(670 The Score) The NFL can be a brutal business. Just ask Bears running back Tarik Cohen.
It’s getting close to two full seasons since Cohen, who was an All-Pro level player in 2018, suited up for the Bears -- the result of a torn ACL that he suffered in a game in late September 2020. Now, as Cohen’s rehab extends into its 14th month, questions about his health -- not to mention his future in Chicago -- have begun to re-emerge. Though Cohen has been a visible member of the team since the injury, you get the sense that his return isn’t coming any time soon. On Monday, coach Matt Nagy was adamant that Cohen hasn’t suffered any setbacks in his rehab.
“I don’t think so, no,” Nagy told reporters. “The way I look at it, this is a guy that comes in literally every single day and rehabs, rehabs, rehabs. So as we kind of see where he’s at, is it something where you get to a point where it’s longer than maybe you expected initially? Yeah, but he knows that. We all understand that. The only thing he can do is attack it every day and see where it’s at. And then for us, as we communicate with him and our trainers and doctors, we know what he was years ago and even what he was last year fully healthy.”
The general consensus surrounding ACL recoveries is that they average somewhere between nine and 12 months. Recent quicker recoveries from running backs like Saquon Barkley, Adrian Peterson and Dalvin Cook have played a part in creating unrealistic expectations, but there’s no denying that Cohen’s return hit a road bump somewhere along the way. He’s been seen walking with a noticeable limp around the practice fields at Halas Hall, and Nagy even admitted that the team expected recovery to be farther along by now.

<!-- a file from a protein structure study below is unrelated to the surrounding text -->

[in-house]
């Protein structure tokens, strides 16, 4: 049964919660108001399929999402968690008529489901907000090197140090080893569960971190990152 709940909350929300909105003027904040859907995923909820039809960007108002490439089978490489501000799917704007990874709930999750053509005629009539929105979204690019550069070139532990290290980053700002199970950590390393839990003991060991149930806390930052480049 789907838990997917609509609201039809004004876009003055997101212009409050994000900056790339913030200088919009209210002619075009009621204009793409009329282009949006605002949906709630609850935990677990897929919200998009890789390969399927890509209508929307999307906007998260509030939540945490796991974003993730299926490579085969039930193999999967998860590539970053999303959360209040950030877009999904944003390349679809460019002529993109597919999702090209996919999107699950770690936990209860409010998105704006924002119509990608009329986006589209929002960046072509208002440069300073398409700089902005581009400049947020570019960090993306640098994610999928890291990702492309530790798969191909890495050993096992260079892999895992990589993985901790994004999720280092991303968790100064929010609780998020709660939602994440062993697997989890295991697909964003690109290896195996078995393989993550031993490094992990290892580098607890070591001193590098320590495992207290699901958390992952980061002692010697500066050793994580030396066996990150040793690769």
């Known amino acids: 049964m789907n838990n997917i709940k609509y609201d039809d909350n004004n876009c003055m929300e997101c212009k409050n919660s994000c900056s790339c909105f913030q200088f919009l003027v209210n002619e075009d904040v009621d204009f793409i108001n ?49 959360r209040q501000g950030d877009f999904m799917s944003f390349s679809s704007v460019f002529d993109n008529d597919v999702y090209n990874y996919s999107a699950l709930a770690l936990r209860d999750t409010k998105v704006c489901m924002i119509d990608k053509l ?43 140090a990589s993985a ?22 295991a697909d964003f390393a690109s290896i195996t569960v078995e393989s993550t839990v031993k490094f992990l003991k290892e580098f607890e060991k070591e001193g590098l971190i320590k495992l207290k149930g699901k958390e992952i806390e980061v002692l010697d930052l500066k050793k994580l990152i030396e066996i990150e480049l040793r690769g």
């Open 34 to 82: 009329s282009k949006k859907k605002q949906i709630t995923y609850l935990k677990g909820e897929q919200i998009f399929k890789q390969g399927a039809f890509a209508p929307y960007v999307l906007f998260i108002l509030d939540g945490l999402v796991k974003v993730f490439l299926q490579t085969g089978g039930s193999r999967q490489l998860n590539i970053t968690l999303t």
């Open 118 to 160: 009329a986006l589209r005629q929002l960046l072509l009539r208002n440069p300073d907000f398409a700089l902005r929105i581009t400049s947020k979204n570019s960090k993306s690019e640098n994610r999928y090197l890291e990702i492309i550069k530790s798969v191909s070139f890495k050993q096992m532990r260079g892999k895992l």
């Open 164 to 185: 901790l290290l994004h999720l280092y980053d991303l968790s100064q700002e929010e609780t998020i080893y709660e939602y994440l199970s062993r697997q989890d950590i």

“And now the goal is, OK, let’s get him back," Nagy said. "But let’s do it at the right time. And whenever that time is, he’s going to tell us and the trainers are going to tell us. I think to answer your question, big picture, would we have loved to have him back sooner? Yeah, but that’s not the case right now, and that’s OK. He’s working his tail off to get better.”
Thanks in large part to David Montgomery and Khalil Herbert, the Bears’ rushing attack has managed to survive Cohen’s extended absence. Despite owning one of the league’s worst overall offenses, the Bears have climbed as high as 14th in rushing DVOA this season. And heading into Week 12, the offensive line ranked ninth in ESPN’s run block win rate state.
The Bears' kick and punt return game hasn’t fared as well in Cohen's absence, however. In 2018, his All-Pro season, Cohen averaged almost 12.5 yards per punt return. Current Bears return Jakeem Grant is averaging 9.5 yards per punt return. Missing Cohen’s on-field dynamism over the past two seasons has been one thing, but not knowing when -- or if -- they’ll ever get it back has been another frustration entirely for the Bears.
“If I say, yeah, I’m optimistic, and then he doesn’t play, then it looks bad,” Nagy said when asked if he could see Cohen returning this season. “All I care about is seeing him in there every day rehabbing and being a part of those team meetings, and that’s what he’s done. And that’s why I love him.”
Cam Ellis is a writer for 670 The Score and Audacy Sports. Follow him on Twitter @KingsleyEllis.